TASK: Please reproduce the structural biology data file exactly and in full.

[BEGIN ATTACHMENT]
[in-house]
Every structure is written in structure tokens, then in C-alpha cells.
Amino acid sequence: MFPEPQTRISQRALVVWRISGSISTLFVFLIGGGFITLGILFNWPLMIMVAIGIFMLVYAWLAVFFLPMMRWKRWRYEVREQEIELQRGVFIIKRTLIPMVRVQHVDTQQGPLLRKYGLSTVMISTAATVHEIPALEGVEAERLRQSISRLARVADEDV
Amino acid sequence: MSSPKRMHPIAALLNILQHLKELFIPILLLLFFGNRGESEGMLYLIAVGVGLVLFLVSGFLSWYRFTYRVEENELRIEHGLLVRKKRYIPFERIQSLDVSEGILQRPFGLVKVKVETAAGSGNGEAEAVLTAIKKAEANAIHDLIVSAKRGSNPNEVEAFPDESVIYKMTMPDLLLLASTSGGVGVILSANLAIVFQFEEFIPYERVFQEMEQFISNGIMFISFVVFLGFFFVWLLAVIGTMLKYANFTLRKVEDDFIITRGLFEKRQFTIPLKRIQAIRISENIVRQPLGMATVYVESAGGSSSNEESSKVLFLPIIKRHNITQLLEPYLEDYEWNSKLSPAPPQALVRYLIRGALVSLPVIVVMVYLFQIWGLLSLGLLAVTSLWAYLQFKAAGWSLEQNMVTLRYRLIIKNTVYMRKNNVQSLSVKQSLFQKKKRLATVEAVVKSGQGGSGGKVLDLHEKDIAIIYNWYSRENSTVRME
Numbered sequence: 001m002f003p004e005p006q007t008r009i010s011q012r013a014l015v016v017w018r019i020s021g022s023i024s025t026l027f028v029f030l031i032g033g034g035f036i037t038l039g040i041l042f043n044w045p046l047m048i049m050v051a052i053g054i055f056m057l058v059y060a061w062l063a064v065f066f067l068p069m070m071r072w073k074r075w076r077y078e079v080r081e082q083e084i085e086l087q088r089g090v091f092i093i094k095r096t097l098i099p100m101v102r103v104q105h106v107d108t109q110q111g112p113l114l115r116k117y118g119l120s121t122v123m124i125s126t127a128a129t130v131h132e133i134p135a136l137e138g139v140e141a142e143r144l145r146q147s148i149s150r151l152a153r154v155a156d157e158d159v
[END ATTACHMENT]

[in-house]
Every structure is written in structure tokens, then in C-alpha cells.
Amino acid sequence: MFPEPQTRISQRALVVWRISGSISTLFVFLIGGGFITLGILFNWPLMIMVAIGIFMLVYAWLAVFFLPMMRWKRWRYEVREQEIELQRGVFIIKRTLIPMVRVQHVDTQQGPLLRKYGLSTVMISTAATVHEIPALEGVEAERLRQSISRLARVADEDV
Amino acid sequence: MSSPKRMHPIAALLNILQHLKELFIPILLLLFFGNRGESEGMLYLIAVGVGLVLFLVSGFLSWYRFTYRVEENELRIEHGLLVRKKRYIPFERIQSLDVSEGILQRPFGLVKVKVETAAGSGNGEAEAVLTAIKKAEANAIHDLIVSAKRGSNPNEVEAFPDESVIYKMTMPDLLLLASTSGGVGVILSANLAIVFQFEEFIPYERVFQEMEQFISNGIMFISFVVFLGFFFVWLLAVIGTMLKYANFTLRKVEDDFIITRGLFEKRQFTIPLKRIQAIRISENIVRQPLGMATVYVESAGGSSSNEESSKVLFLPIIKRHNITQLLEPYLEDYEWNSKLSPAPPQALVRYLIRGALVSLPVIVVMVYLFQIWGLLSLGLLAVTSLWAYLQFKAAGWSLEQNMVTLRYRLIIKNTVYMRKNNVQSLSVKQSLFQKKKRLATVEAVVKSGQGGSGGKVLDLHEKDIAIIYNWYSRENSTVRME
Numbered sequence: 001m002f003p004e005p006q007t008r009i010s011q012r013a014l015v016v017w018r019i020s021g022s023i024s025t026l027f028v029f030l031i032g033g034g035f036i037t038l039g040i041l042f043n044w045p046l047m048i049m050v051a052i053g054i055f056m057l058v059y060a061w062l063a064v065f066f067l068p069m070m071r072w073k074r075w076r077y078e079v080r081e082q083e084i085e086l087q088r089g090v091f092i093i094k095r096t097l098i099p100m101v102r103v104q105h106v107d108t109q110q111g112p113l114l115r116k117y118g119l120s121t122v123m124i125s126t127a128a129t130v131h132e133i134p135a136l137e138g139v140e141a142e143r144l145r146q147s148i149s150r151l152a153r154v155a156d157e158d159v